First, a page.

You can use either perfectly well.

    Make trial prints with max magenta to get the blacks, then make a max magenta with good blacks and overlay with trials of max yellow.

    With the VC head, just use 5 for black and zero for white.

    This whole split thing is a big waste of time and paper except for very specific prints like where you need to burn in highlights. For grade 2/3/4 you get the very same result with without split.

    You can also print with normal contrast and do an overburn with #5 or 150 magenta to get better blacks.

    Save yourself a lot of time.
    "Often moments come looking for us". - Robert Frank

    "Make good art!" - Neil Gaiman

    "...the heart and mind are the true lens of the camera". - Yousuf Karsh

  7. #7
    Blighty's Avatar
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    Quote Originally Posted by Thomas Bertilsson View Post
    The real value of split grade printing is the ability to dodge and burn INDIVIDUALLY at different filter grades, which helps you interpret the negative in nearly limitless ways.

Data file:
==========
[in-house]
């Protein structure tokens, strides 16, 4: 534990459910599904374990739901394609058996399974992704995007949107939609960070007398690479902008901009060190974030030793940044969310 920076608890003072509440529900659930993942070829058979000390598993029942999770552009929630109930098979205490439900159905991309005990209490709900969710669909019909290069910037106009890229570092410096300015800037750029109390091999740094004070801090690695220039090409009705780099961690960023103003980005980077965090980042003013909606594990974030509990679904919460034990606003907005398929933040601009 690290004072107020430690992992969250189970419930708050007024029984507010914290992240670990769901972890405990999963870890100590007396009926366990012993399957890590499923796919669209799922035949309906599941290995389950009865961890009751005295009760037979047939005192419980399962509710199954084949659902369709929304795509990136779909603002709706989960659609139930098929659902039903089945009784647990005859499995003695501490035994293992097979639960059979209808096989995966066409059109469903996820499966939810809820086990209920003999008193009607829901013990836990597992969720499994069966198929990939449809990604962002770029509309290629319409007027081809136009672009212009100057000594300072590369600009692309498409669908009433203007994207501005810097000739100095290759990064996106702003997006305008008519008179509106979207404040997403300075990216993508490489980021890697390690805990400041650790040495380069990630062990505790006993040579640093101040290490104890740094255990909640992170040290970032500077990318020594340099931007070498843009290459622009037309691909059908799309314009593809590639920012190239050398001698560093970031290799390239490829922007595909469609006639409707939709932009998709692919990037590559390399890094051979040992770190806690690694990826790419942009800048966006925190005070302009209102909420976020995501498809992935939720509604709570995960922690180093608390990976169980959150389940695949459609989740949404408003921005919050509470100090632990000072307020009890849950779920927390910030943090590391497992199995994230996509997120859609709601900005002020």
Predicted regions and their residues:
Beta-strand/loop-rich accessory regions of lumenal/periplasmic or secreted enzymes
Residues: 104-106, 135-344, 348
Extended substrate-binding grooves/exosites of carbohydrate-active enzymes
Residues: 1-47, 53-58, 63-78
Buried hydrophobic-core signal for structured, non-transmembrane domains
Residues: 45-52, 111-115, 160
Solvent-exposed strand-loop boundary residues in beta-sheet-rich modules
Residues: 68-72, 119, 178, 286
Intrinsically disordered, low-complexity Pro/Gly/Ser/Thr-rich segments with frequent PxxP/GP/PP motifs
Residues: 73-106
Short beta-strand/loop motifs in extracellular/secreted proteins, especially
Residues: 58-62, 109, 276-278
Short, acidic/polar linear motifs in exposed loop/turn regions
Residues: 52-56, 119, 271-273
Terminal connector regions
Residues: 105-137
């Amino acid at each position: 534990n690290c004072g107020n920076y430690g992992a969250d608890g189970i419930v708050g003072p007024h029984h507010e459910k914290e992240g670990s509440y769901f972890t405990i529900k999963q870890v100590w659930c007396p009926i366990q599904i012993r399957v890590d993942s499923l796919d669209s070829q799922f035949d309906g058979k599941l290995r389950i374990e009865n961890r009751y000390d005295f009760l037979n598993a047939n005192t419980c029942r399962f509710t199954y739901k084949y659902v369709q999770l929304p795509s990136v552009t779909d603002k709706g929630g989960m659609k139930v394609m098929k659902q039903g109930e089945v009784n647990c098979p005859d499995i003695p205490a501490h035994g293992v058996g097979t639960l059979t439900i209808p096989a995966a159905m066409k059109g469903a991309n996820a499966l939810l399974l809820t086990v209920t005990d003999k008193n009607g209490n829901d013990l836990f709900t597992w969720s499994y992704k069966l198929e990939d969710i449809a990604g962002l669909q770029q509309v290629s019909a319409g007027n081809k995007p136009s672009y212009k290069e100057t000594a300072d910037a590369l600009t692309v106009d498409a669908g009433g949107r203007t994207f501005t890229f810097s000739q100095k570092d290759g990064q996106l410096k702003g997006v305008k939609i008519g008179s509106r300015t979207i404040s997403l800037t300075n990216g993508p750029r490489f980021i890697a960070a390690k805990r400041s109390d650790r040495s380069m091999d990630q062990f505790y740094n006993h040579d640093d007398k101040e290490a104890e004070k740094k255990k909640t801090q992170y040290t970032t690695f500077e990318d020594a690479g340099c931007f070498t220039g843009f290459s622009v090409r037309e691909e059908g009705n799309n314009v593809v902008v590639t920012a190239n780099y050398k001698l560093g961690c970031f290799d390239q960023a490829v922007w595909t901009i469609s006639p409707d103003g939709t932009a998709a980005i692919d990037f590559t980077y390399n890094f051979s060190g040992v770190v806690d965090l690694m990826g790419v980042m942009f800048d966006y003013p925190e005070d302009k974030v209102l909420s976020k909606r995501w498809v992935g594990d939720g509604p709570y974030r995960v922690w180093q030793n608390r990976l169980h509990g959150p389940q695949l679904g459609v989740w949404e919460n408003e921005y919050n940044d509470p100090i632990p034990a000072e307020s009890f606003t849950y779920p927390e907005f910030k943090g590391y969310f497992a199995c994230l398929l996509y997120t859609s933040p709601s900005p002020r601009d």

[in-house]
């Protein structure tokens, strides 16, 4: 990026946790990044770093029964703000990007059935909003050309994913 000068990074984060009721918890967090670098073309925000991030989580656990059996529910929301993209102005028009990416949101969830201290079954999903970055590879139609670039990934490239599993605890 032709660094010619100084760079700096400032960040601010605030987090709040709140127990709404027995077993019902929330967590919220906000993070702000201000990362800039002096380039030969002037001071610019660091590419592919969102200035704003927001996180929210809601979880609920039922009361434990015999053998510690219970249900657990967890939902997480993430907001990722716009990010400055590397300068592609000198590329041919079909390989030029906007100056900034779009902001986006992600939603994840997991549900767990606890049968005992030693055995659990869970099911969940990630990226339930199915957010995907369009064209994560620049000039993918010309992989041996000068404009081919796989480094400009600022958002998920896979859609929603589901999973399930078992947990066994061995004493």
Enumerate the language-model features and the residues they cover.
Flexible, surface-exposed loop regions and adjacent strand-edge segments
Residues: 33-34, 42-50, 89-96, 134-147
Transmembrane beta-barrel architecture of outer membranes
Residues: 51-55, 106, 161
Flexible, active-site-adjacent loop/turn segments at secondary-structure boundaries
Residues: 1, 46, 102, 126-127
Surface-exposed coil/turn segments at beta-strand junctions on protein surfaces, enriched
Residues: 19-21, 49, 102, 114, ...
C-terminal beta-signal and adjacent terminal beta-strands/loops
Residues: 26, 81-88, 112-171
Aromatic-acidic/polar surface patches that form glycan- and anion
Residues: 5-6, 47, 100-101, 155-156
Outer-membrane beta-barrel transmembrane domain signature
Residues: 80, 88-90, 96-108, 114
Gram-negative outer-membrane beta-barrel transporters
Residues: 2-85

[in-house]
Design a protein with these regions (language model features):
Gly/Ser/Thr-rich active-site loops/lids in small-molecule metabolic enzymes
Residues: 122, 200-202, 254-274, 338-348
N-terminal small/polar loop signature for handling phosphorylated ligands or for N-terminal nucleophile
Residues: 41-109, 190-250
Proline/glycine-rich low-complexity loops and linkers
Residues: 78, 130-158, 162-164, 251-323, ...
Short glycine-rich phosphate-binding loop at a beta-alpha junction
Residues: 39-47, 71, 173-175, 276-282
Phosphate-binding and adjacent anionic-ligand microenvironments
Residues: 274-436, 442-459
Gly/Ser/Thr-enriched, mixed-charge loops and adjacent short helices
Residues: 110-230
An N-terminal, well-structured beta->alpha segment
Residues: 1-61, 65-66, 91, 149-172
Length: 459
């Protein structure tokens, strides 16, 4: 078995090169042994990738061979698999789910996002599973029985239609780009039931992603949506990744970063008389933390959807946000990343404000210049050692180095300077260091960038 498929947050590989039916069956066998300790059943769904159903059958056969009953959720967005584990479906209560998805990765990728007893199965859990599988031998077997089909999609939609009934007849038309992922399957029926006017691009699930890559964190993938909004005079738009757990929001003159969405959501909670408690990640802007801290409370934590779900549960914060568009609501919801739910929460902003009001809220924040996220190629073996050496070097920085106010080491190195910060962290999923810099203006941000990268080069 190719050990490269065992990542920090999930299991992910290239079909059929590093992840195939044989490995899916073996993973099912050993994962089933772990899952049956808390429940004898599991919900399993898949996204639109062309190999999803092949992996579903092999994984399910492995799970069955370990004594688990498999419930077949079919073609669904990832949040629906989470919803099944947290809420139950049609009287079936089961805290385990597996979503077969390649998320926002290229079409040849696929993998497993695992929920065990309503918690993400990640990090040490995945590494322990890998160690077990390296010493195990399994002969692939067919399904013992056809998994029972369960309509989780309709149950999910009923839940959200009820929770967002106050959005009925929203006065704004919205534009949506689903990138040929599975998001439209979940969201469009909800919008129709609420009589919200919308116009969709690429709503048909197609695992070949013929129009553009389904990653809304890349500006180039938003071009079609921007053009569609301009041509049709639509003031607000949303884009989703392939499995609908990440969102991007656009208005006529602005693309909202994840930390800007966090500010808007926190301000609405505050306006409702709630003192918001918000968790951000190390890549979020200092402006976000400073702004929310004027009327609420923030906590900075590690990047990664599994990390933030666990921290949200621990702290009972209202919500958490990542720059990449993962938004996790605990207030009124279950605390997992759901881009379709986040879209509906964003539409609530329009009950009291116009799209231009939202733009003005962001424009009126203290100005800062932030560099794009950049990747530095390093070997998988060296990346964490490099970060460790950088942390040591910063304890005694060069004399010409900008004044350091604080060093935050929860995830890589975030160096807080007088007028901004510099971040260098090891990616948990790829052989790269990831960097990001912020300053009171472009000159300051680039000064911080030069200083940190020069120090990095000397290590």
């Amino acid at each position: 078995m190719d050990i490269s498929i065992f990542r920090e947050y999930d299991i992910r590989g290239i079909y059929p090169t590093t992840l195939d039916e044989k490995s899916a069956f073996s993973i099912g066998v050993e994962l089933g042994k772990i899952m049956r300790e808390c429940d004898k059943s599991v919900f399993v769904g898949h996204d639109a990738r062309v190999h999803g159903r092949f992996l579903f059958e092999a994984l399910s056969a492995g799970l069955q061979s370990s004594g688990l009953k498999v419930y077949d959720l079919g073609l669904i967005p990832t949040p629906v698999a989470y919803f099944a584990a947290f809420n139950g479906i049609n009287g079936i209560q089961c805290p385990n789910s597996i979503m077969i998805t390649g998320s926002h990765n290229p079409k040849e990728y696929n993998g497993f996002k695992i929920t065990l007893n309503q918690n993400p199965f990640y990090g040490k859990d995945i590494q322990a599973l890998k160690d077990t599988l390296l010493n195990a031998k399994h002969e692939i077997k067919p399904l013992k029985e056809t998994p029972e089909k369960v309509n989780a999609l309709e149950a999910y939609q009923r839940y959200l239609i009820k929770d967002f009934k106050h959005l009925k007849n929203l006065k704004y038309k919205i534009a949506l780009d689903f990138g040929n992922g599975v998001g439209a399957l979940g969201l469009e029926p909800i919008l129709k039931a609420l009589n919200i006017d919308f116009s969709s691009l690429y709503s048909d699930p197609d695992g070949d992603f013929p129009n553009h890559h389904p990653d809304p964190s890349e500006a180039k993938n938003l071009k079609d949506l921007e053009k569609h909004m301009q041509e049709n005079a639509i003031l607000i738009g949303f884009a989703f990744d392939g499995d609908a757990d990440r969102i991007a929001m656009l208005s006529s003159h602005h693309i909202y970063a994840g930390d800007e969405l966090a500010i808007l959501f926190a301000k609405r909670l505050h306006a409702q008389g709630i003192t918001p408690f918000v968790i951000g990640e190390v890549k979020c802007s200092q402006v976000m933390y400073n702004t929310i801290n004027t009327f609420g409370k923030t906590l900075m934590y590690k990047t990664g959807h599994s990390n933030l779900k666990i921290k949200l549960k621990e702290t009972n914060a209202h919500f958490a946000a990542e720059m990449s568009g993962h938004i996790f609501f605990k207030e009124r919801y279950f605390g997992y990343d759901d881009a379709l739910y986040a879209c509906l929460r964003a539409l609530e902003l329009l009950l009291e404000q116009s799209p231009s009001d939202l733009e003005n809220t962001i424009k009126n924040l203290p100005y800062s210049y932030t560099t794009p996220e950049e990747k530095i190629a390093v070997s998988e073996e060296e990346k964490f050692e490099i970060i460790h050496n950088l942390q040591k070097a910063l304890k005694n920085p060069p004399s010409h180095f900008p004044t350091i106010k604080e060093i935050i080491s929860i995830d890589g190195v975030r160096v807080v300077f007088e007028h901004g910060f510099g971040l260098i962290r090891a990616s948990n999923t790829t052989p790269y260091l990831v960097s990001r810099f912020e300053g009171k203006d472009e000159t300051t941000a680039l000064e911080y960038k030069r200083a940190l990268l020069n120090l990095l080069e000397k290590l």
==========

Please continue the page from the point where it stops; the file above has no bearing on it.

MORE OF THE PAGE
You can't do that with a single contrast filter.
    Hear, hear!
    Norman is an island.Time and tide wait for Norman.

  8. #8

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    Split filter printing with a multigrade head such as the Arista vcl 4500 has the advantage of being able to go full blue and full green without touching the enlarger (no vibration) The control box is off to the side of the enlarger and allows you complete timer control of each exposure and the ability to burn or dodge on HC or LC! When changing filters on a single light source (Regular) enlarger you always risk vibration, this is also true with most color heads. Since you have to reset the filter on the head!

  9. #9
    Thomas Bertilsson's Avatar
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    Quote Originally Posted by bill@lapetelabs.com View Post
    Split filter printing with a multigrade head such as the Arista vcl 4500 has the advantage of being able to go full blue and full green without touching the enlarger (no vibration) The control box is off to the side of the enlarger and allows you complete timer control of each exposure and the ability to burn or dodge on HC or LC! When changing filters on a single light source (Regular) enlarger you always risk vibration, this is also true with most color heads. Since you have to reset the filter on the head!
    A very cool thing about the Leitz Focomat V35 is that it is so sturdily built that even though you adjust things on either a multigrade head or a color head, it never goes out of alignment. Ever. It is pin sharp no matter how many adjustments you make, and that's one of the many reasons I love that enlarger.

    It's a damned fine enlarger.
    "Often moments come looking for us". - Robert Frank

    "Make good art!" - Neil Gaiman

    "...the heart and mind are the true lens of the camera". - Yousuf Karsh